spraying window

When it rains, it pours

Jaren plays in the water, after 94 millimetres (mm) of rain was recorded on his parent’s property at Kiacatoo. The Lachlan Shire received a drenching during a significant rain event, which began last Friday. There have been reports of falls from the high 60mm to well over 100mm across the region. MB

By Melissa Blewitt

When it rains, it really does pour across the Lachlan Shire.

The region received a drenching during a significant rain event, which began last Friday. There have been reports of falls from the high 60mm to well over 100mm across the Shire.

According to the Bureau of Meteorology Condobolin has recorded 85.2mm. There have been reports of 94mm at Kiacatoo and 110mm at Tullibigeal. Lake Cargelligo has seen a little less, with only 58.8mm in the gauge. West Wyalong scored 72mm, Cobar 40.2mm, Parkes 21.2mm, Forbes 53mm and Dubbo 53.8mm.

According to AGnVET Services Condobolin agronomist Olivia Wright, farmers will be looking for sunshine, which will enable them to get back onto paddocks to complete their sowing and spraying programs.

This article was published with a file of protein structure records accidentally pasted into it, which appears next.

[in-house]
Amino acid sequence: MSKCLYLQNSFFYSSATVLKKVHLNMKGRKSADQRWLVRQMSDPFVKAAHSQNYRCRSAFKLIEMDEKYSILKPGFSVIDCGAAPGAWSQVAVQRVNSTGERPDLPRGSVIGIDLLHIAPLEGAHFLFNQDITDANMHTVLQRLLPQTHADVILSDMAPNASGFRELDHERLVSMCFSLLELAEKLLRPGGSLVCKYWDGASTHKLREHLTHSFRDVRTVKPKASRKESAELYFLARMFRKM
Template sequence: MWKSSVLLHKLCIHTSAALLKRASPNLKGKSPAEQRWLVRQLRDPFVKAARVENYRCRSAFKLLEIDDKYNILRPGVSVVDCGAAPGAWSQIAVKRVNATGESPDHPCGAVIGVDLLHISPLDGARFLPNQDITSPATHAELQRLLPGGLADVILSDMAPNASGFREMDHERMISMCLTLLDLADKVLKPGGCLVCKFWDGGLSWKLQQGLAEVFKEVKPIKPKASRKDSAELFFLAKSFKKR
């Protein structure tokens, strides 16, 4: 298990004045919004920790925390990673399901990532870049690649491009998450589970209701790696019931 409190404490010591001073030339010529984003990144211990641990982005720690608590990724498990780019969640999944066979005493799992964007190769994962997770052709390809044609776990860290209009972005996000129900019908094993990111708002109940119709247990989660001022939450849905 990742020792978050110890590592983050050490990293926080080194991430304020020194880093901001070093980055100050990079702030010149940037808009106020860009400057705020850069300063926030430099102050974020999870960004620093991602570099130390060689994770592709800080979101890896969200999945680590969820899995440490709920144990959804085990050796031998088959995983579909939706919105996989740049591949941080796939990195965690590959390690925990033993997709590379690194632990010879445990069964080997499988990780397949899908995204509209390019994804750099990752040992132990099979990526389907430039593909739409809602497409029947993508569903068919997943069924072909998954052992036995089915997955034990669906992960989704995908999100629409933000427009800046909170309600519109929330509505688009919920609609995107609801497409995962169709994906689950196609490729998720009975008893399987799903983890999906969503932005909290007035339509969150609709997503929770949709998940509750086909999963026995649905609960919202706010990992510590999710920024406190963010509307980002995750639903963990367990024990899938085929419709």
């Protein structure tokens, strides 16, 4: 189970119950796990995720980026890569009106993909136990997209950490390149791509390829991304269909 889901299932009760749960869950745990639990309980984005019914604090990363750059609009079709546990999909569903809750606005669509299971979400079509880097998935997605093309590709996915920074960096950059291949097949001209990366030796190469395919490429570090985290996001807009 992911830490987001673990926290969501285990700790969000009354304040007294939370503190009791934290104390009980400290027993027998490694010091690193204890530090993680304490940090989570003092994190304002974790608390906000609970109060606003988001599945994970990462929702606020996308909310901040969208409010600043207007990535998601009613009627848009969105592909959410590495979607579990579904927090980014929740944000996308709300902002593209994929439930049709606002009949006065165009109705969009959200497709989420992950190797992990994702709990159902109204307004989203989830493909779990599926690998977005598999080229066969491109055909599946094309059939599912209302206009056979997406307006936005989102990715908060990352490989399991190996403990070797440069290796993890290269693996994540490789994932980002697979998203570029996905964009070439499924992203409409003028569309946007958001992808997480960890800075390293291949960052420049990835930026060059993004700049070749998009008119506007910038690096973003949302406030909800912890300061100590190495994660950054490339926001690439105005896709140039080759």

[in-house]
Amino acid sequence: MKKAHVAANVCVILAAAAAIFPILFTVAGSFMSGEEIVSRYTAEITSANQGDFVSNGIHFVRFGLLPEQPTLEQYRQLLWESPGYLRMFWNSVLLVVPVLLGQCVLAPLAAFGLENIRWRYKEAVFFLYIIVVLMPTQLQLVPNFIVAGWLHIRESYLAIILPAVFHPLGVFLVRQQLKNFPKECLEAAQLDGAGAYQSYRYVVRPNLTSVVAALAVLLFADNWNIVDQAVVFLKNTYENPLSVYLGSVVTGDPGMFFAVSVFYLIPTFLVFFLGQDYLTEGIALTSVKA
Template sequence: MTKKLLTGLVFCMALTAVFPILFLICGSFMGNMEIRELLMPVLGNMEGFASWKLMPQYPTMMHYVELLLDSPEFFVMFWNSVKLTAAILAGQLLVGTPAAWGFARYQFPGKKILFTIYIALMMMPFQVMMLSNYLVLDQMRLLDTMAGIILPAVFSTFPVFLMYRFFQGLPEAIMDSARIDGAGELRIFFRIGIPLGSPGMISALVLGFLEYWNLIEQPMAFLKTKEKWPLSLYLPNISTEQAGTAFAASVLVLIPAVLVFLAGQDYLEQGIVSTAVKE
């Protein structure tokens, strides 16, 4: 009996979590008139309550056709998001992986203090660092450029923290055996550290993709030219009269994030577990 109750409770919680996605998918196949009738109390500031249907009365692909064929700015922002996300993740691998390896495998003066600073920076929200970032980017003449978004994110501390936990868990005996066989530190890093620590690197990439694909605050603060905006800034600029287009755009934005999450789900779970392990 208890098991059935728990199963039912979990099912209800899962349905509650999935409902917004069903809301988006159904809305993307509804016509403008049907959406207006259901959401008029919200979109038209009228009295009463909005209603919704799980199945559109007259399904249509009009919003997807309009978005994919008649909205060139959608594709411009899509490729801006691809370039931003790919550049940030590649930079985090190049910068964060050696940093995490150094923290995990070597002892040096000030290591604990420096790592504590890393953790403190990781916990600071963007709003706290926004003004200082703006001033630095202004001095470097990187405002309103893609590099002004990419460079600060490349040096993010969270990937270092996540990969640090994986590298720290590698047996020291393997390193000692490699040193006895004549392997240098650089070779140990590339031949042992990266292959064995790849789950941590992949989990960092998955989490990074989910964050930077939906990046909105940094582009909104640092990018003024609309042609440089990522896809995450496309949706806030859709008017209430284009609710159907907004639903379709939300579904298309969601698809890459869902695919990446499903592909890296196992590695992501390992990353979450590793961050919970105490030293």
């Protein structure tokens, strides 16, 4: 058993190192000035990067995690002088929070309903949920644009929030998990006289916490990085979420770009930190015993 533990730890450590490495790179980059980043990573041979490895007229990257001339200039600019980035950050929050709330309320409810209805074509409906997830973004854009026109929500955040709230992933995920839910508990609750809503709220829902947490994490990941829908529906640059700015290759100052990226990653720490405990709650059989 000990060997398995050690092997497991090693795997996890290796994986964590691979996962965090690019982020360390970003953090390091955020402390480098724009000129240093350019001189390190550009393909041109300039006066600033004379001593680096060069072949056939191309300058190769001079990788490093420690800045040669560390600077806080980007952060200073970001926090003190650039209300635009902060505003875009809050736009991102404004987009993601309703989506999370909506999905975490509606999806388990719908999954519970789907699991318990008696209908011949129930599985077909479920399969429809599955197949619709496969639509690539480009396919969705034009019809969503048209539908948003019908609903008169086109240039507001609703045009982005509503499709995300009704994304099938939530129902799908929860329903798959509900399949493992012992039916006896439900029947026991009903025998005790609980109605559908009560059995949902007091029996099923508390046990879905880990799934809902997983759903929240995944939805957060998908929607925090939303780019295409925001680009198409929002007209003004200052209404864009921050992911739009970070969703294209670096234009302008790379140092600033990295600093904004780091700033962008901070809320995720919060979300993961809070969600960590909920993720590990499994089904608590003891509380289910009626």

“Conditions were really quite favourable before this [the rain],” she said.

“I have heard of falls from anywhere between the high 60mm to over 100mm around the district.

“Many were starting to begin their in-crop spraying program, and the rain will slow that down. It [the in-crop spraying program] will be quite delayed now. Farmers will need good weather to enable them to get back onto paddocks to complete their programs.”

Ms Wright added that water-logging and germination issues may also be a concern for local landholders.

“With such significant rain, there are some paddocks that are under water, and could remain that way for some time,” she said.

“This means the seed can take on a lot of water quickly and burst. Water on the ground is not so much of a problem for established crops, but can affect those that are quite young, which is the category most crops within the Lachlan Shire fit into at the moment.

“There are some farmers who still have a bit of sowing to go. So the rain means it will take longer for them to get back onto their ground, which may lead to a less than ideal sowing window.

“If the area had around 25mm (one inch) instead of the three to four that some received, it would have been ideal. However, some farmers I know have had over 130mm in the last two weeks alone.

“There will be a lot of farmers hoping for sunshine from now on.”

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